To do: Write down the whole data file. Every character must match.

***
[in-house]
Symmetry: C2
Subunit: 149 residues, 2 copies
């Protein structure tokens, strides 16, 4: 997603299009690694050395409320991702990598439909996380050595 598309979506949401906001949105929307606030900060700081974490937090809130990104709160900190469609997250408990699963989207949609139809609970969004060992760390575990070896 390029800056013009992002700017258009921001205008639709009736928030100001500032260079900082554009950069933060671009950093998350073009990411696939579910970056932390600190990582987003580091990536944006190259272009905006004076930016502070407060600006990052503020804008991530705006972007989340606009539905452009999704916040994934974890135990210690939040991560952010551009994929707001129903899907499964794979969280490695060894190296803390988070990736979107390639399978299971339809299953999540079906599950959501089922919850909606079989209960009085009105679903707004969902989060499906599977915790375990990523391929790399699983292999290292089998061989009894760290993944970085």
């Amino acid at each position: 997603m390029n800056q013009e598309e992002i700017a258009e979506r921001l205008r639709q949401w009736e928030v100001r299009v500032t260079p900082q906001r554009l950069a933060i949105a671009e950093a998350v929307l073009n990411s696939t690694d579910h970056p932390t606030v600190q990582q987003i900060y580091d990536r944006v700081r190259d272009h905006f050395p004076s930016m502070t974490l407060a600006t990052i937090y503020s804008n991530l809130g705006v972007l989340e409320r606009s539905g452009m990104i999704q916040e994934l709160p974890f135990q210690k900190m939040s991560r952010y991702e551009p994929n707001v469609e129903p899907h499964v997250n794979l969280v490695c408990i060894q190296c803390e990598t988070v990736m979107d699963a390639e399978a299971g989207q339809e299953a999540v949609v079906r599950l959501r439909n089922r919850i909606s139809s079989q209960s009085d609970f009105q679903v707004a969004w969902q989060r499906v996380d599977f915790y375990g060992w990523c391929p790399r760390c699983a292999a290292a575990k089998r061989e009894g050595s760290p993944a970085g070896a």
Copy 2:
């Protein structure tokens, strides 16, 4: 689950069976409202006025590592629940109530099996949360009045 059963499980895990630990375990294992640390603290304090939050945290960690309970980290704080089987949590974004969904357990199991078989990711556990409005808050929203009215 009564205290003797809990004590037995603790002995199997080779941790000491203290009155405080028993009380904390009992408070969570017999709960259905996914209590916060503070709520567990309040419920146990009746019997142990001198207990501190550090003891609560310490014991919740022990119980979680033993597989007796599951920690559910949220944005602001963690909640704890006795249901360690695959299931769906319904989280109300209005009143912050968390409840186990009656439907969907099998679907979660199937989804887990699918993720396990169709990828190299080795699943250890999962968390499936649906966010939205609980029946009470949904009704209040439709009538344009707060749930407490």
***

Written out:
[in-house]
Symmetry: C2
Subunit: 149 residues, 2 copies
């Protein structure tokens, strides 16, 4: 997603299009690694050395409320991702990598439909996380050595 598309979506949401906001949105929307606030900060700081974490937090809130990104709160900190469609997250408990699963989207949609139809609970969004060992760390575990070896 390029800056013009992002700017258009921001205008639709009736928030100001500032260079900082554009950069933060671009950093998350073009990411696939579910970056932390600190990582987003580091990536944006190259272009905006004076930016502070407060600006990052503020804008991530705006972007989340606009539905452009999704916040994934974890135990210690939040991560952010551009994929707001129903899907499964794979969280490695060894190296803390988070990736979107390639399978299971339809299953999540079906599950959501089922919850909606079989209960009085009105679903707004969902989060499906599977915790375990990523391929790399699983292999290292089998061989009894760290993944970085």
């Amino acid at each position: 997603m390029n800056q013009e598309e992002i700017a258009e979506r921001l205008r639709q949401w009736e928030v100001r299009v500032t260079p900082q906001r554009l950069a933060i949105a671009e950093a998350v929307l073009n990411s696939t690694d579910h970056p932390t606030v600190q990582q987003i900060y580091d990536r944006v700081r190259d272009h905006f050395p004076s930016m502070t974490l407060a600006t990052i937090y503020s804008n991530l809130g705006v972007l989340e409320r606009s539905g452009m990104i999704q916040e994934l709160p974890f135990q210690k900190m939040s991560r952010y991702e551009p994929n707001v469609e129903p899907h499964v997250n794979l969280v490695c408990i060894q190296c803390e990598t988070v990736m979107d699963a390639e399978a299971g989207q339809e299953a999540v949609v079906r599950l959501r439909n089922r919850i909606s139809s079989q209960s009085d609970f009105q679903v707004a969004w969902q989060r499906v996380d599977f915790y375990g060992w990523c391929p790399r760390c699983a292999a290292a575990k089998r061989e009894g050595s760290p993944a970085g070896a």
Copy 2:
């Protein structure tokens, strides 16, 4: 689950069976409202006025590592629940109530099996949360009045 059963499980895990630990375990294992640390603290304090939050945290960690309970980290704080089987949590974004969904357990199991078989990711556990409005808050929203009215 009564205290003797809990004590037995603790002995199997080779941790000491203290009155405080028993009380904390009992408070969570017999709960259905996914209590916060503070709520567990309040419920146990009746019997142990001198207990501190550090003891609560310490014991919740022990119980979680033993597989007796599951920690559910949220944005602001963690909640704890006795249901360690695959299931769906319904989280109300209005009143912050968390409840186990009656439907969907099998679907979660199937989804887990699918993720396990169709990828190299080795699943250890999962968390499936649906966010939205609980029946009470949904009704209040439709009538344009707060749930407490």